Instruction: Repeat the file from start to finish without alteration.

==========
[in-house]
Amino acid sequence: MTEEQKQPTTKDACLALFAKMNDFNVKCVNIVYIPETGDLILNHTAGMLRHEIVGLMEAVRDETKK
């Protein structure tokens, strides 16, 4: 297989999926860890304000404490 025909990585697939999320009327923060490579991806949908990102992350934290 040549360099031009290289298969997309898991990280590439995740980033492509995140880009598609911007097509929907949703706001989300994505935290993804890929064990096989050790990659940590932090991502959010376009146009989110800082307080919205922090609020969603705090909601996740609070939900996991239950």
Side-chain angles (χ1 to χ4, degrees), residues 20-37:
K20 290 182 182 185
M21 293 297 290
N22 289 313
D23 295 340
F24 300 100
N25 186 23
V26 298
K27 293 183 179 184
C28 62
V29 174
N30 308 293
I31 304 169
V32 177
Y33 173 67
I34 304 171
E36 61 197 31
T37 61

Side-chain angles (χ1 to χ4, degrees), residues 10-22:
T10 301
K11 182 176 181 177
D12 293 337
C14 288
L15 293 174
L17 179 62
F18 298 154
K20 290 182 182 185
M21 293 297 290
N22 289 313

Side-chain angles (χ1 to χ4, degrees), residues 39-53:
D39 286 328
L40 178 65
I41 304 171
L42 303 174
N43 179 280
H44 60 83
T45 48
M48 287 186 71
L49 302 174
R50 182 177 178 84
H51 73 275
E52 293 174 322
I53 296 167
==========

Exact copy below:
[in-house]
Amino acid sequence: MTEEQKQPTTKDACLALFAKMNDFNVKCVNIVYIPETGDLILNHTAGMLRHEIVGLMEAVRDETKK
């Protein structure tokens, strides 16, 4: 297989999926860890304000404490 025909990585697939999320009327923060490579991806949908990102992350934290 040549360099031009290289298969997309898991990280590439995740980033492509995140880009598609911007097509929907949703706001989300994505935290993804890929064990096989050790990659940590932090991502959010376009146009989110800082307080919205922090609020969603705090909601996740609070939900996991239950």
Side-chain angles (χ1 to χ4, degrees), residues 20-37:
K20 290 182 182 185
M21 293 297 290
N22 289 313
D23 295 340
F24 300 100
N25 186 23
V26 298
K27 293 183 179 184
C28 62
V29 174
N30 308 293
I31 304 169
V32 177
Y33 173 67
I34 304 171
E36 61 197 31
T37 61

Side-chain angles (χ1 to χ4, degrees), residues 10-22:
T10 301
K11 182 176 181 177
D12 293 337
C14 288
L15 293 174
L17 179 62
F18 298 154
K20 290 182 182 185
M21 293 297 290
N22 289 313

Side-chain angles (χ1 to χ4, degrees), residues 39-53:
D39 286 328
L40 178 65
I41 304 171
L42 303 174
N43 179 280
H44 60 83
T45 48
M48 287 186 71
L49 302 174
R50 182 177 178 84
H51 73 275
E52 293 174 322
I53 296 167